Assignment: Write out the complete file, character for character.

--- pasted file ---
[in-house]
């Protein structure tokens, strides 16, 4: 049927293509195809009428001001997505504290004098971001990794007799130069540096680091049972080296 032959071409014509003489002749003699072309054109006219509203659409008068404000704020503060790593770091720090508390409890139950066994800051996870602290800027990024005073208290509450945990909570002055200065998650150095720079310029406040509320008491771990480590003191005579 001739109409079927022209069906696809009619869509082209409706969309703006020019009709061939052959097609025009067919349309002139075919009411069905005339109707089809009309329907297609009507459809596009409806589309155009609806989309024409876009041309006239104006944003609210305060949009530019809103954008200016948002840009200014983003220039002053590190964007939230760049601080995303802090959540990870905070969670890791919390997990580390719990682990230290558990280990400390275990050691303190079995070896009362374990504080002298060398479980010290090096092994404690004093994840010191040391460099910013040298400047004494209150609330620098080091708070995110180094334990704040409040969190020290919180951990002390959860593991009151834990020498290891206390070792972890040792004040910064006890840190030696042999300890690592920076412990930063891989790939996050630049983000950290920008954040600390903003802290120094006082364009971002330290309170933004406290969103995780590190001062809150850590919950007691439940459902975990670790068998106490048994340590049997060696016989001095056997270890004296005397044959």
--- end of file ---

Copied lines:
[in-house]
């Protein structure tokens, strides 16, 4: 049927293509195809009428001001997505504290004098971001990794007799130069540096680091049972080296 032959071409014509003489002749003699072309054109006219509203659409008068404000704020503060790593770091720090508390409890139950066994800051996870602290800027990024005073208290509450945990909570002055200065998650150095720079310029406040509320008491771990480590003191005579 001739109409079927022209069906696809009619869509082209409706969309703006020019009709061939052959097609025009067919349309002139075919009411069905005339109707089809009309329907297609009507459809596009409806589309155009609806989309024409876009041309006239104006944003609210305060949009530019809103954008200016948002840009200014983003220039002053590190964007939230760049601080995303802090959540990870905070969670890791919390997990580390719990682990230290558990280990400390275990050691303190079995070896009362374990504080002298060398479980010290090096092994404690004093994840010191040391460099910013040298400047004494209150609330620098080091708070995110180094334990704040409040969190020290919180951990002390959860593991009151834990020498290891206390070792972890040792004040910064006890840190030696042999300890690592920076412990930063891989790939996050630049983000950290920008954040600390903003802290120094006082364009971002330290309170933004406290969103995780590190001062809150850590919950007691439940459902975990670790068998106490048994340590049997060696016989001095056997270890004296005397044959």